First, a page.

The celebration of the birth of Christ was never intended to drive us crazy on an annual basis.  Slow down, and take a cue from the printing industry: If there’s no margin, you bleed.

January 29, 2010

Leaving Room in Your Schedule versus Just Saying No

The title of this post really highlights the difference in approach between two very popular books of the last decade, Margin by Richard Swenson and Boundaries by Henry Cloud and John Townsend.    The former’s premise was that you needed to leave some ‘headroom’ or margin in your life, you can’t over commit or over schedule or overtax your energies.    The latter took the more bottom line “just say ‘no'” approach.

Boundaries totally outstripped Margin in sales, but this month, Richard Swenson is back with In Search of Balance:  Keys to a Stable Life (Navpress).    Since Nav doesn’t exactly do the book review thing with bloggers, here’s what their own marketing states about the title:

Most of us live lives of “quiet desperation,” as Henry David Thoreau put it, except we’re no longer so quiet about it. When exactly did “all stress, all the time” replace the “green pastures and still waters”? And what can we do about it? We try to manage all the details thrown our way, but we lack a sense of calm and steadiness at the center. Richard A. Swenson, MD, author of the best-selling book Margin, helps us understand the dangers of living in a post-balance world and gives us hope for recovering a foundational sense of equilibrium.

Dr. Swenson offers not only important organizing principles for making sense of our priorities but also scores of practical tips for finding rest and contentment in a world that emphasizes materialism and busyness. His advice is grounded in the daily realities we all experience, but his wisdom has been honed by the big-picture perspective of an exhaustive study of the stresses of modern life.

April 23, 2009

Driving Against The Clock

Filed under: Christianity, family — Tags: , , , , , , , , , , — paulthinkingoutloud @ 2:57 pm

whatever-nexxt-clockFor some reason, it seems that every time we get in the car to go somewhere we are in a hurry.    The digital clock on the dashboard is a reminder that in order to get where we need to be on time, we really need to push it.   We call this situation, “Driving against the clock.”

First of all, I know some of you are thinking, “You need to ‘back-time’ your trips.”  Be assured, I am the master of back-timing.   I lay in bed at 4:00 AM thinking of what events need to take place before we leave and set the target departure time accordingly.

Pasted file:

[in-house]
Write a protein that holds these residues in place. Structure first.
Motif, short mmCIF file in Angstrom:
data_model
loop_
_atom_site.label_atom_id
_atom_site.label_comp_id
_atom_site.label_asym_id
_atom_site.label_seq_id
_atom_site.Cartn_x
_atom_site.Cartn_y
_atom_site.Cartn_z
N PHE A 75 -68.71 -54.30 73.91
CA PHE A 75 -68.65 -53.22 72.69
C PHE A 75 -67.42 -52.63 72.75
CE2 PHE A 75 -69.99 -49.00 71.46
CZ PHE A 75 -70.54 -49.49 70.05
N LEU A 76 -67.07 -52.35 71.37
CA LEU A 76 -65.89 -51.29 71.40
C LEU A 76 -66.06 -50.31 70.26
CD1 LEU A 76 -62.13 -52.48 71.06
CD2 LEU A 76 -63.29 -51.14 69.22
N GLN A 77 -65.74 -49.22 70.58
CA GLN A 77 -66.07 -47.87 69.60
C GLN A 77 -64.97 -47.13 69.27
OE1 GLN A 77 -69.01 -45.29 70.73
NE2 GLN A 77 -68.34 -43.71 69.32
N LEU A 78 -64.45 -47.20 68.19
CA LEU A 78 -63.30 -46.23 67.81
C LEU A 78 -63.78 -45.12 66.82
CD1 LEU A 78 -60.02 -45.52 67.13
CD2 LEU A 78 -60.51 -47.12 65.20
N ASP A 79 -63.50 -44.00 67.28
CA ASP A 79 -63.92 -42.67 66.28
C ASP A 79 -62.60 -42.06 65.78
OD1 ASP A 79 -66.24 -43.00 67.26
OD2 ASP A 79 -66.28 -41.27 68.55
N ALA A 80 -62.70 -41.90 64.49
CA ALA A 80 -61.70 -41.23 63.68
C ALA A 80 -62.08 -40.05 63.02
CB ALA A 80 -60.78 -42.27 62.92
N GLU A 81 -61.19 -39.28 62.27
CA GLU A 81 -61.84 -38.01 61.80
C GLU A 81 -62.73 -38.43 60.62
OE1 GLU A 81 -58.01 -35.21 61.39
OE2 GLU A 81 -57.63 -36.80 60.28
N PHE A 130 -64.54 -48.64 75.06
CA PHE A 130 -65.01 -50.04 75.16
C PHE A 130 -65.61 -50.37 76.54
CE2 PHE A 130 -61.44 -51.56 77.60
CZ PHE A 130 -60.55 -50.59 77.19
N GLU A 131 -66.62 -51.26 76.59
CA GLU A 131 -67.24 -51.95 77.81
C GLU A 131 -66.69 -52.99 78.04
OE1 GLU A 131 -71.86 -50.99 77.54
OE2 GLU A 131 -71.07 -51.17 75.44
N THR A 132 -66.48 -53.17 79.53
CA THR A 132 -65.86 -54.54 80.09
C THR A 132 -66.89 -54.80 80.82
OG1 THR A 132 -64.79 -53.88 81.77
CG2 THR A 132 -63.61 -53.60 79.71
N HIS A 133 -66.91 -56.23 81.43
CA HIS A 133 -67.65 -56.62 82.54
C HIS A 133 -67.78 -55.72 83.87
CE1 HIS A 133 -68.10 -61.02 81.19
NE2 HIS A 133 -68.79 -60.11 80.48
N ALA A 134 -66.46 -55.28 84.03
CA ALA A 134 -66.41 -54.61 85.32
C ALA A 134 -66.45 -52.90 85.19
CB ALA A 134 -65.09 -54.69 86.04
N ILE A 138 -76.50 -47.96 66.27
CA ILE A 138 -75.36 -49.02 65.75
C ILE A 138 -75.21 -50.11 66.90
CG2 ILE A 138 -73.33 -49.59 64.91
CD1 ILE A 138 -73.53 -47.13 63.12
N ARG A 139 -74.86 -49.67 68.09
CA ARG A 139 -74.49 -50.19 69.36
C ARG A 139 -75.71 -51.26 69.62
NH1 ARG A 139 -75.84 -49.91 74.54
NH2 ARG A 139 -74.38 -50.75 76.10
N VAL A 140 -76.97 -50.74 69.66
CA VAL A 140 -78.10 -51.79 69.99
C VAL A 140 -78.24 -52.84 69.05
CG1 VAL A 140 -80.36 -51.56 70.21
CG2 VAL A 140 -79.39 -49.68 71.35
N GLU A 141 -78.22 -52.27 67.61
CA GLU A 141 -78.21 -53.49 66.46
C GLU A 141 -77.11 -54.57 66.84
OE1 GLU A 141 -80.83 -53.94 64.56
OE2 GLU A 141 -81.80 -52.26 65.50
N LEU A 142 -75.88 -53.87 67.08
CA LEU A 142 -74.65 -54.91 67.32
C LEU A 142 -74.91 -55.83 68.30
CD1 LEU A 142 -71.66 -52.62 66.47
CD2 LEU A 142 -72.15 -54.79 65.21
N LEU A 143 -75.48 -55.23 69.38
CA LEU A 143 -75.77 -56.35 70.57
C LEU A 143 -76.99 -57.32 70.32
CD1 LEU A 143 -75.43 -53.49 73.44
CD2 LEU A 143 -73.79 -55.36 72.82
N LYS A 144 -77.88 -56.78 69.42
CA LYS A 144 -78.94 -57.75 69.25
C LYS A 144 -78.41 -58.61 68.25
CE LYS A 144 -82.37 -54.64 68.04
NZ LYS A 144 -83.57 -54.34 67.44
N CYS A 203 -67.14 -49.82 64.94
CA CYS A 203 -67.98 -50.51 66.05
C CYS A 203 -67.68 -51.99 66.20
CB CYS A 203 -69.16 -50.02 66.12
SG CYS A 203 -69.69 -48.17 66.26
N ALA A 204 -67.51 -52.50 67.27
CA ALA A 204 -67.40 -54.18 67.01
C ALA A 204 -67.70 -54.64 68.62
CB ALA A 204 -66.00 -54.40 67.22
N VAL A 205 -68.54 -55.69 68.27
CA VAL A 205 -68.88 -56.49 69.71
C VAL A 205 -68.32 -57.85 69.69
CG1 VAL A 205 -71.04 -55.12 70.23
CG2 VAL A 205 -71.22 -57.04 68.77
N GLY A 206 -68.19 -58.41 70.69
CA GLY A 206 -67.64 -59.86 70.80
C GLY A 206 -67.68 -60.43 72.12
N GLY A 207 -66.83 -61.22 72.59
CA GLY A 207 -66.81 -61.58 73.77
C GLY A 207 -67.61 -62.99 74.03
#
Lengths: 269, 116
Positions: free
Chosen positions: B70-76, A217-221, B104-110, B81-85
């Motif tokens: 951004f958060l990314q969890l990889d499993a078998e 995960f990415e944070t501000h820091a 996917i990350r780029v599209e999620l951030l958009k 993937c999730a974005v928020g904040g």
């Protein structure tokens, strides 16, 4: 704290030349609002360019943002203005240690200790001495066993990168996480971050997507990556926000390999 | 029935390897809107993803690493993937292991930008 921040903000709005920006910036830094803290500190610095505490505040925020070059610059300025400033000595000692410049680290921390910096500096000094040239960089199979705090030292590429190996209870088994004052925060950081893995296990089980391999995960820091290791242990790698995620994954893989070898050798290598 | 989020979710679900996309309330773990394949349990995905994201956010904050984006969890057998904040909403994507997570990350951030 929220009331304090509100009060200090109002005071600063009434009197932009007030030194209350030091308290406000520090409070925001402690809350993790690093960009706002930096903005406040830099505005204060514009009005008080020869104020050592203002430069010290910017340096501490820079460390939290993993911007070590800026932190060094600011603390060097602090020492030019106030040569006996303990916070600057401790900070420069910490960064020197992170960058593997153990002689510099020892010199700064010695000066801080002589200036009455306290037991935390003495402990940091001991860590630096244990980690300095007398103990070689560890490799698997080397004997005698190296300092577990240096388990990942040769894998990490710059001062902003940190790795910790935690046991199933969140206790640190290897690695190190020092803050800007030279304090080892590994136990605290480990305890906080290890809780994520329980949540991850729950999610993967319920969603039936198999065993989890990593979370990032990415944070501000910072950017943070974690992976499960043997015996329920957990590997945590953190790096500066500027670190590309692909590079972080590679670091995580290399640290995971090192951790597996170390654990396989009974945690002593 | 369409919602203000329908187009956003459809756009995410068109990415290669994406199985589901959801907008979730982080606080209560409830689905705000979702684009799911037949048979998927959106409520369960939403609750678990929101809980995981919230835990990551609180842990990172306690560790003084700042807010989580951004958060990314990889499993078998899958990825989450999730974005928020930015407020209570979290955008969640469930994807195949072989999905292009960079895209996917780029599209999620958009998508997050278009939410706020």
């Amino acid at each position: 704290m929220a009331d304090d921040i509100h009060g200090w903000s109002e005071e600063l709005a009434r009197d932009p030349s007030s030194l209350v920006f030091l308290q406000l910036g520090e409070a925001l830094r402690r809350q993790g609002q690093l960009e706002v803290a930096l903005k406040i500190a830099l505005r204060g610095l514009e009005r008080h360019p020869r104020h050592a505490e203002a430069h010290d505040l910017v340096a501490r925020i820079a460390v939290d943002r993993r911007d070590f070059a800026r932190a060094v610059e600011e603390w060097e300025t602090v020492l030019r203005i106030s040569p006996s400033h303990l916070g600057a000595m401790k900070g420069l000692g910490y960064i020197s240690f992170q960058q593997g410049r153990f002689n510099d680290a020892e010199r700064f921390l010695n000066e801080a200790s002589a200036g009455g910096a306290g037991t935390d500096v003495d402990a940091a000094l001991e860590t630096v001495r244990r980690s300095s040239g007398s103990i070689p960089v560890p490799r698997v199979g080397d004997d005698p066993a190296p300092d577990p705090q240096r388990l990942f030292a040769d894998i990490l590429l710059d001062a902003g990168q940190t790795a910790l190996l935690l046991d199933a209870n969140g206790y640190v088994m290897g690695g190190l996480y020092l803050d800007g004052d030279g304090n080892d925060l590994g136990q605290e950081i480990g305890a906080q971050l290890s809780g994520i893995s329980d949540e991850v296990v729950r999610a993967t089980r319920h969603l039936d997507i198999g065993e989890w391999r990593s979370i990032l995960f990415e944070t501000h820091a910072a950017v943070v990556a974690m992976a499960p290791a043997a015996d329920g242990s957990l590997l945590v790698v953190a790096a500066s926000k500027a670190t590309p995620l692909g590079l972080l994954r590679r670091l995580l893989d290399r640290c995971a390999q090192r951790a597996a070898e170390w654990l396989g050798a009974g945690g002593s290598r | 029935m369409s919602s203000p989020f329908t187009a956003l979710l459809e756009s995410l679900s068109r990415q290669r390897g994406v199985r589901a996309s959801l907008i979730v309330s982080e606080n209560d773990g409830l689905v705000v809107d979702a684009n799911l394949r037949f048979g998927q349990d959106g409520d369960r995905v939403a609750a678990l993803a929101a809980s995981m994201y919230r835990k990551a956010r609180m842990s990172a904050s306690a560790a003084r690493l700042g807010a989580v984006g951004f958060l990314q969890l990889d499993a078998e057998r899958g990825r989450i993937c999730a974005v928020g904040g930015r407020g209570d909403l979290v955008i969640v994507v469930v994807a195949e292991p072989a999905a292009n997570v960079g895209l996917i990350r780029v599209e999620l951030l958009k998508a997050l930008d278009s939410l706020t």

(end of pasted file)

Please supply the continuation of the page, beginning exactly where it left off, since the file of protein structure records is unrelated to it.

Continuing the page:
But then some of you are thinking, “In addition to ‘back-timing’ it, you need to also add a ‘buffer zone,’ some additional margin for unexpected delays.”  This is also good advice and we do that also.   Frankly, I’d rather arrive relaxed ten minutes early than be rushing in late.

Of course, some of you will say, “In addition to ‘back-time’ and ‘buffer zone,’ you need to analyze what throws you off your targets.   Are the events you need to do before you leave given sufficient time?   Should you set a larger buffer margin?”   These are good questions, perhaps you should go into the time management business.   Trust me, I’ve done the analysis and the problem is always something different every time.

Finally, some of you will dissect my original statement and say, “Obviously the problem is that you are driving against the clock; you need to let your wife drive and be free of the responsibility and pressure that comes with being the driver.”   While my wife will agree with this, and whereas it sounds good in theory; in practice I am a more restless and impatient passenger than I am a restless and impatient driver.   Being the driver at least keeps my hands and eyes busy.

Some day perhaps, I will ask God a question.   I’ll set it up by mentioning that in American football (for you Brits, it’s the one we play with a rugby-shaped ball) there are 50 yards on either side of the field.   In Canadian football there is an extra ten yards due to a “Center yard line;” though it’s probably spelled “Centre yard line.”   So my question would be, “Why couldn’t there have been a center-hour; midway through the day, that was neither morning nor afternoon, but a middle hour just for people like me to catch up?

At that point, He will probably look around and ask if anyone else has any questions.

So what have we learned today?   At the end of the day, we’re rarely late for anything.   That’s good, I suppose.   We just arrive totally frazzled.

Whatever clock sold at nexxt.com

Today’s Bonus — The Shack: Some Balanced Comments

With all The Shack-bashing taking place online, I thought posting links to these two reviewers would provide a bit of balance:


http://www.reclaimingthemind.org/blog/2009/04/the-shack-liking-it-wont-send-you-to-hell/
and
http://www.reclaimingthemind.org/blog/2009/04/seven-more-points-about-the-shack/#comments
Well known blogger C. Michael Patton at Parchment and Pen
along with 63 comments and over 200 comments respectively